Students should practice caution with anonymity

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College students have become far too comfortable online when it comes to content some post “anonymously.”

An anonymous social media app called Yik Yak recently came under fire by different college campuses due to threatening remarks made on the Mizzou campus amid racial tension and protests. One of the comments read, “I am going to stand my ground tomorrow and shoot every black person I see.” 

But besides the obvious racist and illegal implications of this story, there is a far deeper issue going on. Some students believe they can post anything online as long as it is an anonymous user board and they don’t have to face the repercussions. Here at Dixie State University, this has become a problem as well with some apps, such as Yik Yak and Snapchat.

Yik Yak is a ridiculous app thats purpose is for students on college campuses to anonymously post anything they want, and people within a certain mile radius can read it. All sorts of things are posted on this site, and for the most part, they are just posts about sleeping in class and looking for drugs. While I scrolled through the app, I quickly realized all these students don’t realize what they put online can have serious consequences. 

Many campuses are dealing with illegal activity being discussed on this app. In an article by USA today, a reporter asked college security officers if they use the social media app to monitor students, and school administrator Rick Tupper from Augustana College in Sioux Falls, South Dakota, said, “Social media does help us when we’re trying to follow that road map of a crime to figure out what happened and when and who was involved.”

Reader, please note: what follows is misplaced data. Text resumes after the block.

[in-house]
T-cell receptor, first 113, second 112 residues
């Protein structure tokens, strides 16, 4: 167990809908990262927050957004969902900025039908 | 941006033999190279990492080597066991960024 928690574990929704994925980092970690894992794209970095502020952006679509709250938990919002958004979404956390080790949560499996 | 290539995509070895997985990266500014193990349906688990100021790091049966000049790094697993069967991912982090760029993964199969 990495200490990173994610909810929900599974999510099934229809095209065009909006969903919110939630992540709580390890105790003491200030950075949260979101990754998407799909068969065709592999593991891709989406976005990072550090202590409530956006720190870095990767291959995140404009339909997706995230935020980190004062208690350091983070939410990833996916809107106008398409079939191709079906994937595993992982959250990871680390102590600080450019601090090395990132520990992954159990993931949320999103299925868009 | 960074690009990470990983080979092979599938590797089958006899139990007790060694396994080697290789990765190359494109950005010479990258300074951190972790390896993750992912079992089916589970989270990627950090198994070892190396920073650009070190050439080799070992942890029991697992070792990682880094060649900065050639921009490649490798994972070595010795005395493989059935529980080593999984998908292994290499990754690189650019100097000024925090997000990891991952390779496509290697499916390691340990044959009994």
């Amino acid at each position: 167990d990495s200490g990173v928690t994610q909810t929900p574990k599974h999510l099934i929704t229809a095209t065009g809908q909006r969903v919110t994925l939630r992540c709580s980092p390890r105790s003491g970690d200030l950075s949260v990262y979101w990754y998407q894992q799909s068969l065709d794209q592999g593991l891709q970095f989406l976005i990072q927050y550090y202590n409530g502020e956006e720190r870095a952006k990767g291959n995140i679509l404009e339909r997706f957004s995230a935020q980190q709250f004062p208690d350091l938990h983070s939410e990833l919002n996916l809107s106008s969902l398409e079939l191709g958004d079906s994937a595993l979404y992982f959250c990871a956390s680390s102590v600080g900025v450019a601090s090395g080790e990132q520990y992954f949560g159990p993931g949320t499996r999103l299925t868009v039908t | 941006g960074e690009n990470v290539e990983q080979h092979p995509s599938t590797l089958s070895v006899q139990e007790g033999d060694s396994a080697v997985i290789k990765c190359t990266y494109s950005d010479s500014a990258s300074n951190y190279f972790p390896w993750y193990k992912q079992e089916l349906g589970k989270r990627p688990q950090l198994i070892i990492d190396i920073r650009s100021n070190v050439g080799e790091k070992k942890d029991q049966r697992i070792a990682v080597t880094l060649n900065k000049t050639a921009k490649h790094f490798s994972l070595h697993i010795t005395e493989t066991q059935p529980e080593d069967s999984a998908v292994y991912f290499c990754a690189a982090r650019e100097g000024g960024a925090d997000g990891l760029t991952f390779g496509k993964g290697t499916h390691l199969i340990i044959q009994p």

There are many stories about students being arrested for what they have posted on Yik Yak, but by looking at the posts in our area, it would appear students do not care their accounts may be monitored. I believe students are ignorant to the fact that anyone can track down who posted the yak or snap, and they should do research on the many examples of students getting in trouble for such posts.

Students on DSU’s campus curated a Snapchat account called the RedStormsnap. Students could send photos to the account, which would be published onto the account’s public story. Everything was posted on this Snapchat, including pictures of school events, parties, drug use, nude photos, and an abundance of drunk people.

While RedStormsnap was aimed for DSU students, anyone could follow the account and view the pictures people posted. Because of how the account worked, whoever is in charge of this account now has hundreds of photos in his or her possession. While many people did not show their faces in photos they sent, the page owner had to receive the pictures and knows who these people are. This concerns me for the future of those students if the owner of the account decided to release their identities. 

The RedStormsnap has been either deleted or removed from Snapchat at this time. 

Students at DSU and across the country need to realize that just because a website or app is advertised as anonymous, there is a large chance that it is not. The app developers have your data, such as IP addresses and phone numbers. Posting on these apps can have larger repercussions then may be realized, and we should be cautious about what we post there.